4) I believe (contrary information welcome) that at every elite school with a language requirement, you are allowed to pass out, either by scoring at a certain level on the AP or the Achievement Test for the language or by passing an exam given by the school. Williams would, almost certainly, offer the same option. And virtually every rich student at Williams would be able to take advantage! Almost every prep school and high quality public high school offers four years of foreign language instruction while guiding/insisting that students bound for elite colleges/universities take advantage of the opportunity. Almost all such Ephs would be able to pass out easily. So, this is not a requirement that binds Williams students equally. It only binds those who did not go to Milton or Newton North. Not that there is anything wrong with screwing over the poor kids!

5) But even those Williams students who did not go to fancy high schools will often have studied several years of foreign language. Many of them would be able to pass out of the requirement as well. How many students would that leave? 200? 50? I really don’t know, but it is a much smaller number than 500.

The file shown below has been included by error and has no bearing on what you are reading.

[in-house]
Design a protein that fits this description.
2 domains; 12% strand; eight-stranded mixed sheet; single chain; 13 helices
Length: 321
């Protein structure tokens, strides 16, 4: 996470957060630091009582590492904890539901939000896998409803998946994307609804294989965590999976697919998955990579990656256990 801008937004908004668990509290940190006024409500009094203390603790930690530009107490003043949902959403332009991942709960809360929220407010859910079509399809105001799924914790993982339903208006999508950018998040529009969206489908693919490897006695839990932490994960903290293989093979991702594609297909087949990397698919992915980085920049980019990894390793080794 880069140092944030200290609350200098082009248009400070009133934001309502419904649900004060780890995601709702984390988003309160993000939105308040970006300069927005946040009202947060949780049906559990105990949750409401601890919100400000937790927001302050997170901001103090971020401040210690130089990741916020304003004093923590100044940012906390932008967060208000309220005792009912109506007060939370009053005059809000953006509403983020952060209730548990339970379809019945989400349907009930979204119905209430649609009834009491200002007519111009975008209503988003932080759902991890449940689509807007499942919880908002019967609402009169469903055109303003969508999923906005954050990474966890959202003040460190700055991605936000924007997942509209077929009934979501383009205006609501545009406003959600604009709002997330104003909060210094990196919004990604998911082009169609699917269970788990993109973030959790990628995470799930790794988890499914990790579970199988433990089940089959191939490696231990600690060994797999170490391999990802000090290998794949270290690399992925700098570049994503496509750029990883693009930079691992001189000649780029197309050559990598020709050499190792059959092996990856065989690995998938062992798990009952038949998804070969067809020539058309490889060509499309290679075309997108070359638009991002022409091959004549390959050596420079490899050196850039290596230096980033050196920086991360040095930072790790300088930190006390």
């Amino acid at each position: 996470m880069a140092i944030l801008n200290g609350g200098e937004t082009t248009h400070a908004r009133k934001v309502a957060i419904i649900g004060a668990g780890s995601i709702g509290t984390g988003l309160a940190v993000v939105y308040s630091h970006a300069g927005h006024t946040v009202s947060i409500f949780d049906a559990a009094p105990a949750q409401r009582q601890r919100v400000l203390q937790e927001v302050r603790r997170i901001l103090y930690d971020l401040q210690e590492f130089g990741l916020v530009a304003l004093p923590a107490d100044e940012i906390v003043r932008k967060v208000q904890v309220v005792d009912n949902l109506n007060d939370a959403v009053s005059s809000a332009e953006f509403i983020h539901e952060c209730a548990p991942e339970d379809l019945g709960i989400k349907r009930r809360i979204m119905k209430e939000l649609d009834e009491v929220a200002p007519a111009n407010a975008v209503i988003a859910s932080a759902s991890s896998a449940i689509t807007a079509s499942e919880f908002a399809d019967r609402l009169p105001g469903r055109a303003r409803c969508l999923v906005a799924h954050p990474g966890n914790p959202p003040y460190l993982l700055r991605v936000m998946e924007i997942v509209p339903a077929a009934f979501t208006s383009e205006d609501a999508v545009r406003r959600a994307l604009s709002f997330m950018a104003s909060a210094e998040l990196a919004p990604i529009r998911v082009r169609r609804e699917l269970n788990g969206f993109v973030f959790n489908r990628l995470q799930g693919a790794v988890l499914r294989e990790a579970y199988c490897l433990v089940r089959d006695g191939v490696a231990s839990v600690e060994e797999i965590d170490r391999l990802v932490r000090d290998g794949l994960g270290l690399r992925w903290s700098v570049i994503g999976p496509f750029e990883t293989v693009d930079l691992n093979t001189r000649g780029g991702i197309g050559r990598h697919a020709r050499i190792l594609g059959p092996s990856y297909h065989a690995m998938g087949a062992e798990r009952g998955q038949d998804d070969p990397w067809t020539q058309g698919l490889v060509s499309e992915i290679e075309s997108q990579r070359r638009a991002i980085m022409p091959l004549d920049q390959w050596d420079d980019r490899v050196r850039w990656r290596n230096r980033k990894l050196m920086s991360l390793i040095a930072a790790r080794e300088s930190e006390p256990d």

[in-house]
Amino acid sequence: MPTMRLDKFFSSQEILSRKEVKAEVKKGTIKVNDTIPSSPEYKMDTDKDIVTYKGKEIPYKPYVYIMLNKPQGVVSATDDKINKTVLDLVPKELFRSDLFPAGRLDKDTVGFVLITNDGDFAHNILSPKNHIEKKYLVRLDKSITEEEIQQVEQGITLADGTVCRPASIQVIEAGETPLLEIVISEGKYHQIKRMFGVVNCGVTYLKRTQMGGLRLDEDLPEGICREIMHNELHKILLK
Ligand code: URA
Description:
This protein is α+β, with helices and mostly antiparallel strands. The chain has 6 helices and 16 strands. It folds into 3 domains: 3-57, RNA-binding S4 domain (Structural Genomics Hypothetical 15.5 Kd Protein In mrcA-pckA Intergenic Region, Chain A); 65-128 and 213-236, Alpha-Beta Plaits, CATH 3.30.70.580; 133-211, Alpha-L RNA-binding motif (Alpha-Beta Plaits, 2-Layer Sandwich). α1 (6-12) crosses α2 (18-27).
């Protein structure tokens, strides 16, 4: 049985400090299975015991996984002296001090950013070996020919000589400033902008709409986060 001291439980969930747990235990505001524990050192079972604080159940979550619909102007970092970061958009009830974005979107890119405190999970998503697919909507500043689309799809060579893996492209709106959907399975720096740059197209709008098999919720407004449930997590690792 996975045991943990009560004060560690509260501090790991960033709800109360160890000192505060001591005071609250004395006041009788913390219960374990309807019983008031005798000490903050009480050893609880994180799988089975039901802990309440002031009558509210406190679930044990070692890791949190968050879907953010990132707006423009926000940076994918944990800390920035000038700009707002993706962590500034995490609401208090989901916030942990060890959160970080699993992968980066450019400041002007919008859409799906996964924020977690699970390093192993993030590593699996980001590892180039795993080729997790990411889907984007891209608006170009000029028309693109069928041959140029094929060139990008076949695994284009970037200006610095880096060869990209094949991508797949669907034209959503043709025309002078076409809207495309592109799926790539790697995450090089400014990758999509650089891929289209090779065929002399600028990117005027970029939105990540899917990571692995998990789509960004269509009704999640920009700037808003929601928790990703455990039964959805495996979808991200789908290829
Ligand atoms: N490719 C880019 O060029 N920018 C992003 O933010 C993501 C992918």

6) Call it 100 students who could not pass out of the requirement. But some number (25?) of them would take a foreign language anyway. After all, many Williams students want to learn a new language. And bully for them. So, now we are down to 75 students who did not have the opportunity to take a foreign language in high school (or turned down that opportunity) and who don’t want to take a foreign language at Williams. And all of these students will have a very good reason for the decisions they make. Maybe they are very poor at languages. Maybe they are indifferent to learning a language but there are just too many other wonderful Williams courses that they want to take. Do you really think you are doing these (mostly low-income) students a favor by forcing them to take a foreign language? Write a paragraph to them explaining why.